Thinking about a beloved book you have read aloud to your class for years brings many memories of joy and accomplishment. These are memories that are rekindled every time you take out the book a year later or when a former students stops in to say hello and reminds you how much you meant to them. But there comes a time when you say, I have read this book for 27 years and I think I want to try something new. This year, I have accepted a position as an Instructional Technology Integrator. I have the pleasure of supporting teachers in designing learning experiences for primary learners. The third grade team approached me about redesigning their Mr. Popper’s Penguins read.
We began with the end in mind, talking about the learning objectives. The love of a good story was one that came up fairly quickly. As we continued the conversation, I began asking questions trying to uncover the complexities of the text, such as “what makes this a book you continue to read year after year?” and “are there any conflicts in the book that draw the reader in?” These questions helped guide the conversation in new directions. We were landed on the struggle of Mr. Popper keeping his penguins and the financial burdens involved in keeping exotic animals as pets. The more we talked about it, the more the conversation zoomed in to the key plot points of the text. For me, when designing learning experiences for readers, I try to find a way for them to think about a cultural dilemma through which they read the text. I then suggested using the Tug O War thinking routine to frame their class read. This routine helps readers think about the “tugs” they experience when reading a text that pulls them one way or another of a fairness dilemma. In this case, the question was how was Mr. Popper going to be able to afford his penguins? The lens through which we were looking at the text was zoomed in too close. We needed to zoom out and think about the bigger dilemma.
Through further discussion, we realized that the fairness dilemma was bigger than the words in the text. The dilemma is, are animals better kept in captivity or living in their natural habitats? This moment defined the lens through which we would look through this year’s reading of Mr. Popper’s Penguins. The 3rd grade team set up a Tug O War board in the hallway between their classrooms where the reader’s thinking can become visible throughout their reading. Through a conversation before beginning the book, the readers chose their stance and clipped their name to the rope one either side of the dilemma. Today, they are into the first couple of chapters in the book and some readers have already changed their minds about their stance. They move their names along the continuum between captivity and natural habitat depending on the “tugs” in the text. They are pulling specific examples of what made them change their thinking directly from the book. I borrowed this Evidence Based Terms from a fifth grade teachers room to help support the third grade readers support their thinking moves.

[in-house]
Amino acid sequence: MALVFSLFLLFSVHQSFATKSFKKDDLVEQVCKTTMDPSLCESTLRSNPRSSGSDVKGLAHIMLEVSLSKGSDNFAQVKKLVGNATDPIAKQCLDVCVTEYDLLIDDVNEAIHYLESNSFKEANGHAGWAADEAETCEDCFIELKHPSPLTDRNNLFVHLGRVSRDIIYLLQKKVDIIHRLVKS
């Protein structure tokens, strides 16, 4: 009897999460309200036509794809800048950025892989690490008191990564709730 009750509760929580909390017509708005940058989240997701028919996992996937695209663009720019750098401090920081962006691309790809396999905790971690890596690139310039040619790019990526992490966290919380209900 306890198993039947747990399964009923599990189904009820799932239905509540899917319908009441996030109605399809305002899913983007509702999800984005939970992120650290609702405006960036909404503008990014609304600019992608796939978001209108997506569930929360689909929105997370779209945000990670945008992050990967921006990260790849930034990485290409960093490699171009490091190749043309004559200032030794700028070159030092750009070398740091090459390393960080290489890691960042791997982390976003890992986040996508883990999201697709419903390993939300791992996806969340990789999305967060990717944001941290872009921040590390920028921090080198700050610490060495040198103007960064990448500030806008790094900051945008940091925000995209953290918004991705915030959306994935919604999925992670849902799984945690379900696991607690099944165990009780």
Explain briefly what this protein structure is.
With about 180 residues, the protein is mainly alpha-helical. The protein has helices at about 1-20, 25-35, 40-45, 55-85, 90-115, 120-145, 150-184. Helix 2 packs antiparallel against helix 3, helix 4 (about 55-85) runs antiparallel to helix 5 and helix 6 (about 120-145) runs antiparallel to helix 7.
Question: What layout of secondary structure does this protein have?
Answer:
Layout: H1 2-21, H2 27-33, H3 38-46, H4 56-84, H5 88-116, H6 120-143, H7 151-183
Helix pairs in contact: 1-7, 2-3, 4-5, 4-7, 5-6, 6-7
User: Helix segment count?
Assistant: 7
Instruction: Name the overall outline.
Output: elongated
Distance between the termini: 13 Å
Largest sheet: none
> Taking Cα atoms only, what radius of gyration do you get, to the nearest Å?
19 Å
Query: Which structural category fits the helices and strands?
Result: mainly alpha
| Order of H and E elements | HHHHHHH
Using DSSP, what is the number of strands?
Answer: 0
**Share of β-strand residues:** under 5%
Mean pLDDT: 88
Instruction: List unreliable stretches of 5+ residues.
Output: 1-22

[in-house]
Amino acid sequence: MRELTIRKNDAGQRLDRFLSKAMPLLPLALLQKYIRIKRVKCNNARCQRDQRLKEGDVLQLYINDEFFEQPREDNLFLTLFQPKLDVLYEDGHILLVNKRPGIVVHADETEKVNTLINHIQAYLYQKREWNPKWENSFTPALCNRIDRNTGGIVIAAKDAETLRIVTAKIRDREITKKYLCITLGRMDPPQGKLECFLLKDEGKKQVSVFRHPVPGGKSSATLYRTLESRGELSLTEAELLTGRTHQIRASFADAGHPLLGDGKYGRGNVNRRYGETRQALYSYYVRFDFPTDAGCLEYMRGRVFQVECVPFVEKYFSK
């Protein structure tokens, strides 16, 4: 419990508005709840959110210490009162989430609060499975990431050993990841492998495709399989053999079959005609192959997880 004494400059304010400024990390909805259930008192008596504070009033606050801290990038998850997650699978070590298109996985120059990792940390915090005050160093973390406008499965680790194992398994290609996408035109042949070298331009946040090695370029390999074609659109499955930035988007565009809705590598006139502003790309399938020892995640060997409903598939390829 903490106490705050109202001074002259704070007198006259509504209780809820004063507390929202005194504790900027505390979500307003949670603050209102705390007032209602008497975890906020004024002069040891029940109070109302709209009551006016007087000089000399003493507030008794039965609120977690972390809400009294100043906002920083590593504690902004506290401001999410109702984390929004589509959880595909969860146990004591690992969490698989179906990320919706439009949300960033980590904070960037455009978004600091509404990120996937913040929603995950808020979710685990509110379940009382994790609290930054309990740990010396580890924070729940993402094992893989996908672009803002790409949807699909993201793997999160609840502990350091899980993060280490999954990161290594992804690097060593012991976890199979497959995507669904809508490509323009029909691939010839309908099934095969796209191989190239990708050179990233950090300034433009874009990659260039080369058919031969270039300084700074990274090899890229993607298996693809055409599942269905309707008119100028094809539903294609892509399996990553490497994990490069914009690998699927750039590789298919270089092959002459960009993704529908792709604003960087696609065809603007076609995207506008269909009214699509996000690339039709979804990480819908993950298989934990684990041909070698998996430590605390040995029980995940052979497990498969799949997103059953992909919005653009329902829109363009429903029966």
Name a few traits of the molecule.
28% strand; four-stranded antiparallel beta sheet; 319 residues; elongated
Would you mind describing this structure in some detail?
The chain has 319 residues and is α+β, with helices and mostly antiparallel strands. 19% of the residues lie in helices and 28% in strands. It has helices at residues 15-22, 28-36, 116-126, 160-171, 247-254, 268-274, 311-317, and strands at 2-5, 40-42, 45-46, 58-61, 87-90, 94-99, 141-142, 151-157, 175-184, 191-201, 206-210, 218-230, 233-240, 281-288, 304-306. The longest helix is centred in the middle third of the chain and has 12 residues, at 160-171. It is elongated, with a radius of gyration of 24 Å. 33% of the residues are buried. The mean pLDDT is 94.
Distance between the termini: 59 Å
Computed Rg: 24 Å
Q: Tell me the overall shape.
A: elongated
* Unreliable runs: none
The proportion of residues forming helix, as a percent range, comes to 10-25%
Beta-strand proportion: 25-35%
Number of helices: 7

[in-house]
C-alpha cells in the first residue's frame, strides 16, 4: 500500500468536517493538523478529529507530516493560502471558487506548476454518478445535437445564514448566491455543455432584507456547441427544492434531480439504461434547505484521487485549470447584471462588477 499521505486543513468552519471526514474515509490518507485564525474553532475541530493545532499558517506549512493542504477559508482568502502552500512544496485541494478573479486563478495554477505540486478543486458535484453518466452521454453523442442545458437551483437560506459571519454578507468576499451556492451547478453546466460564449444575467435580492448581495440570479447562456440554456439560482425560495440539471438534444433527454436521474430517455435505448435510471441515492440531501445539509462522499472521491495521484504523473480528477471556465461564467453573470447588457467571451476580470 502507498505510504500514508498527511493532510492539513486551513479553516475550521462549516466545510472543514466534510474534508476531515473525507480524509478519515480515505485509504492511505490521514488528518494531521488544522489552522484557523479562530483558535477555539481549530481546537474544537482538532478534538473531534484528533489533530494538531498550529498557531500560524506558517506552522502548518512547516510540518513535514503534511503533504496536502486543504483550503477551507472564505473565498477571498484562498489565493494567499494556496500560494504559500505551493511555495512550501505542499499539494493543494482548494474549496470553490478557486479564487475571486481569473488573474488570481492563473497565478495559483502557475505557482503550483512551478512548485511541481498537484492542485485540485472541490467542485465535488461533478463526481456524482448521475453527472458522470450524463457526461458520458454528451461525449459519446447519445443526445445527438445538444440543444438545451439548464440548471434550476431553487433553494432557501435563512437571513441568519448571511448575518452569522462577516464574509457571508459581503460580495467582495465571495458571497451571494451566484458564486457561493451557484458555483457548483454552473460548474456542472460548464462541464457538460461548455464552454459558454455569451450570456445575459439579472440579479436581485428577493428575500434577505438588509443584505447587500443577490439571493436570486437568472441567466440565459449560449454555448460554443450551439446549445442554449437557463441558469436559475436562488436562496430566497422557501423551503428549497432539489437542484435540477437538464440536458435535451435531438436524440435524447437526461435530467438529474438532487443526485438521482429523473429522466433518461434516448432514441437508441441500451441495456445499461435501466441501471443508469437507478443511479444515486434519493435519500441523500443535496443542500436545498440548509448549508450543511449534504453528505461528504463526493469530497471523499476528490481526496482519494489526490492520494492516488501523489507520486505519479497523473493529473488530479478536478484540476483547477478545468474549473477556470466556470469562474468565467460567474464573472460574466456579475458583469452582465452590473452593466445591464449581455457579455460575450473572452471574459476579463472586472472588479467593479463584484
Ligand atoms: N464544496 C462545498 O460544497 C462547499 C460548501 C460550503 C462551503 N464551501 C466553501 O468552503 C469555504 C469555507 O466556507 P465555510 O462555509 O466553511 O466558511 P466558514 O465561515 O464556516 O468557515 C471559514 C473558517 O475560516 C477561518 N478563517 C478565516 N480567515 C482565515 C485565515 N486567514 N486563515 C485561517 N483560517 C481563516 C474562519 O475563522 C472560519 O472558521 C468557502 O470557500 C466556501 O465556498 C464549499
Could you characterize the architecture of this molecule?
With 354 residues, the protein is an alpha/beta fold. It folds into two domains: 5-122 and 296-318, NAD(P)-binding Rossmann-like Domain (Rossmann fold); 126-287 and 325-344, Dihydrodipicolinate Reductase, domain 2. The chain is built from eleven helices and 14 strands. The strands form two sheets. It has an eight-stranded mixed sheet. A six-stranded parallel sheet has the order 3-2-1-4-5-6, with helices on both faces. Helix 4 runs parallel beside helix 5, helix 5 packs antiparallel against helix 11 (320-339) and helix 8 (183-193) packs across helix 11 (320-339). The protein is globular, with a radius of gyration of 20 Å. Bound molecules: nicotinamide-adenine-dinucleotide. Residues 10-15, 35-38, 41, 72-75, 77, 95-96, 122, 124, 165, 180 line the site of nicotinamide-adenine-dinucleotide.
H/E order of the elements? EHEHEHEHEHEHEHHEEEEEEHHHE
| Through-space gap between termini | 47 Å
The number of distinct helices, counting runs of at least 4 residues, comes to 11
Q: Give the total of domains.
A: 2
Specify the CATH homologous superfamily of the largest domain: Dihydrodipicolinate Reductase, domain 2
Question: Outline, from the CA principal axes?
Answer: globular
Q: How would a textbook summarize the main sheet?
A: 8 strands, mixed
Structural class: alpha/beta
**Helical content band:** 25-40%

This will help not only help the ways in which they support their thinking, but will also inform their writing in their blogs. Today will be their first entry in their Third Grade Exploring Ideas blog. If you have a moment, I’m sure they will enjoy reading and responding to your comments.
My science colleague got new LCD microscopes for her classroom this week which made me think about the ways our thinking changes when we zoom in and out of ideas. Switching our objective lens enables us to designing learning experiences that support thinking strategies. I continue to think about how to best create a learning culture where thinking is valued, visible, and actively promoted as part of the regular, day-to-day experience of all students.